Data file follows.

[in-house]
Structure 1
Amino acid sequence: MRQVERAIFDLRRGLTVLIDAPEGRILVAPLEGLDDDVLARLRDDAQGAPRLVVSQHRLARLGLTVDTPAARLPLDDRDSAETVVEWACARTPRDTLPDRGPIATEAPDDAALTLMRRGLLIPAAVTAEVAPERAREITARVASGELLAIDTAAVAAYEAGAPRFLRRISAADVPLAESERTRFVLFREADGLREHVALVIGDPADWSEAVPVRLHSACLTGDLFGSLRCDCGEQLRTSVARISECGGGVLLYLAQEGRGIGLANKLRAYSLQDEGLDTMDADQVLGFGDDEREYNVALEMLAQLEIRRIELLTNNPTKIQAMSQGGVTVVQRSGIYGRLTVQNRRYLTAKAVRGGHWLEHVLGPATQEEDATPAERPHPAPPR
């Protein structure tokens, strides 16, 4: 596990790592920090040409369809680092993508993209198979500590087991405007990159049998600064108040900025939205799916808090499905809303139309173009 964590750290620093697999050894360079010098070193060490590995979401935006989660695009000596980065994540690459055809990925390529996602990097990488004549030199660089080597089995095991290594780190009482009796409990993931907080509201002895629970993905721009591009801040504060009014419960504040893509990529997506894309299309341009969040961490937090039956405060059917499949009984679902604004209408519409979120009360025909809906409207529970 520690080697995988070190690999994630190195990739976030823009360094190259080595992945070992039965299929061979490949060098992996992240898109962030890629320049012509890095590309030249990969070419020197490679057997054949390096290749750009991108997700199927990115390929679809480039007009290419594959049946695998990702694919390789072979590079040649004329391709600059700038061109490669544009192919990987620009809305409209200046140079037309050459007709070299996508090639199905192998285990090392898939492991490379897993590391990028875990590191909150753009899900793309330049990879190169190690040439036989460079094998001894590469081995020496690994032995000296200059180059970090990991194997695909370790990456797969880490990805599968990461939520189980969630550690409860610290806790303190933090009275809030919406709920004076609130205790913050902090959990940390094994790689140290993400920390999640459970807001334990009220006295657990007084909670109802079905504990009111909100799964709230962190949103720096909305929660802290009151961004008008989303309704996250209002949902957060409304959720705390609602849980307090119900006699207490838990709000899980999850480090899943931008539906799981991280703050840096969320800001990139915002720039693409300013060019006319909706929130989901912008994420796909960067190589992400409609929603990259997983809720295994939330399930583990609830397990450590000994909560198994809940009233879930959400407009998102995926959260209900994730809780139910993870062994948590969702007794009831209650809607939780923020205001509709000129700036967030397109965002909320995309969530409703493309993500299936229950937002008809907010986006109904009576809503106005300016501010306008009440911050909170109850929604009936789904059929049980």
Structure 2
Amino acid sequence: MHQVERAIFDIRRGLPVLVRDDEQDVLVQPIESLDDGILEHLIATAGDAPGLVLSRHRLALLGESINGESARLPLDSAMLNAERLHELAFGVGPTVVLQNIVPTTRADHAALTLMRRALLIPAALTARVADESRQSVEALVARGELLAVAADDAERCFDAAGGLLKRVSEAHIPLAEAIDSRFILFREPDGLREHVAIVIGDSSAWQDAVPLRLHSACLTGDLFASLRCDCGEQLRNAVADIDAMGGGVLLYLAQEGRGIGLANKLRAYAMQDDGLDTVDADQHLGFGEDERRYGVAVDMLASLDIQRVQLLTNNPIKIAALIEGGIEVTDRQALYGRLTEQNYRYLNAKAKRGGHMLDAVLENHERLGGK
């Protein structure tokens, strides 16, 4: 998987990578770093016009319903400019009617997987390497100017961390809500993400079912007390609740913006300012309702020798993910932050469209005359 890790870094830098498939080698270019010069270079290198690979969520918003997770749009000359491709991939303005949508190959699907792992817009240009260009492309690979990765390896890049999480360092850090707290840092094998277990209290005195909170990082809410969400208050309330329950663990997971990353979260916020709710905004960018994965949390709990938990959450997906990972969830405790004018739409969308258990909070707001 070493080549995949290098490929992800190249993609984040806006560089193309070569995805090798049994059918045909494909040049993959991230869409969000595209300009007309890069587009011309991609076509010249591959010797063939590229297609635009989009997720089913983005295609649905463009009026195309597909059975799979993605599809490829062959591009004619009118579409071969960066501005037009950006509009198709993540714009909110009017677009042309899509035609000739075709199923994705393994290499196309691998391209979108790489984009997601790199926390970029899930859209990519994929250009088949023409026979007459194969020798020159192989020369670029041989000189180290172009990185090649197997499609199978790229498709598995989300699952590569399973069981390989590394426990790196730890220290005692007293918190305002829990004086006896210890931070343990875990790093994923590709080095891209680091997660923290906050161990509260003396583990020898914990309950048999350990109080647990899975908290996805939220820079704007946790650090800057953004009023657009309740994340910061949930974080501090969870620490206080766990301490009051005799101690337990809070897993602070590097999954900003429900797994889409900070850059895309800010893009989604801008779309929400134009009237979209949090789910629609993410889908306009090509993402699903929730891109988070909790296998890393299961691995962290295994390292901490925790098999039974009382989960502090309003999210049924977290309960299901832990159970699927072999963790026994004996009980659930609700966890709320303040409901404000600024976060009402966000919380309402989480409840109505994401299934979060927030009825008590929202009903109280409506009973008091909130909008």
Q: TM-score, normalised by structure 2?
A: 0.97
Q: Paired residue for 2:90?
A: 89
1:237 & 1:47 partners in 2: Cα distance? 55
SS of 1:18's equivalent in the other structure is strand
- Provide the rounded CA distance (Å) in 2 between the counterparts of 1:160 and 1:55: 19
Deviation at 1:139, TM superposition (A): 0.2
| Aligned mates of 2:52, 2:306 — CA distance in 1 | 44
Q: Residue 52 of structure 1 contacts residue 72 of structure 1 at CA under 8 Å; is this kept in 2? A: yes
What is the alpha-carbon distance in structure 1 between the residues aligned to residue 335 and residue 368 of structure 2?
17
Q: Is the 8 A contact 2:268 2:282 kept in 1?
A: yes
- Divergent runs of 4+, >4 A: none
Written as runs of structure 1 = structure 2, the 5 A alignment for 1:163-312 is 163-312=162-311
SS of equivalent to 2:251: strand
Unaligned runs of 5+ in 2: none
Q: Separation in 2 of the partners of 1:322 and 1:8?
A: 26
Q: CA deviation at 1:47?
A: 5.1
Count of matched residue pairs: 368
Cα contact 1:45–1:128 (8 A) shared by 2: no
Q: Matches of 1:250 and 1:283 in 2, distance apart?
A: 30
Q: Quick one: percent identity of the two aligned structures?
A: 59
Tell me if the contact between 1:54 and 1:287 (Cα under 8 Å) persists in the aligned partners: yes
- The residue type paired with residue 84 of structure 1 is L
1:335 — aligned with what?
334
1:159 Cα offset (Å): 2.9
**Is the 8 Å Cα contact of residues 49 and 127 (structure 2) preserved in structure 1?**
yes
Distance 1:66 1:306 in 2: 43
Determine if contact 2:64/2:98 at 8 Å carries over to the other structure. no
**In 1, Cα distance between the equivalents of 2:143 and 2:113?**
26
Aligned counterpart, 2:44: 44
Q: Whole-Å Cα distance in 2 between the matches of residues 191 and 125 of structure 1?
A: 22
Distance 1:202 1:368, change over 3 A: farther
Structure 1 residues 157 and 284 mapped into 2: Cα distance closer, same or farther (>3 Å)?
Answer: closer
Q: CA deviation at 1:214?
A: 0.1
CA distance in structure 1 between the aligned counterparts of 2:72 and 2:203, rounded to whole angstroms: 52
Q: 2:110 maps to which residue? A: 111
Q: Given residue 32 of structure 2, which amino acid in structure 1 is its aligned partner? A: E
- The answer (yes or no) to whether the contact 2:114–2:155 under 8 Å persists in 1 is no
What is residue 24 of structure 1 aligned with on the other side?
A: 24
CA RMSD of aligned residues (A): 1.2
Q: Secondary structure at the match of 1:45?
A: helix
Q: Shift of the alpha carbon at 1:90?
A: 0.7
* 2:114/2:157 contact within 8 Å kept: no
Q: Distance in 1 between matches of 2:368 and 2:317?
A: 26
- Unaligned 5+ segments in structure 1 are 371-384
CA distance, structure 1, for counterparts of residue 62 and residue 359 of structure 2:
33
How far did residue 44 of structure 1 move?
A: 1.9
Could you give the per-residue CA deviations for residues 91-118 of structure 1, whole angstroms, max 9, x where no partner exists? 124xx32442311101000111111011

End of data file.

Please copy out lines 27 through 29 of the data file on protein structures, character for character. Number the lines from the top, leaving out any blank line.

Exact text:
A: 26
Q: CA deviation at 1:47?
A: 5.1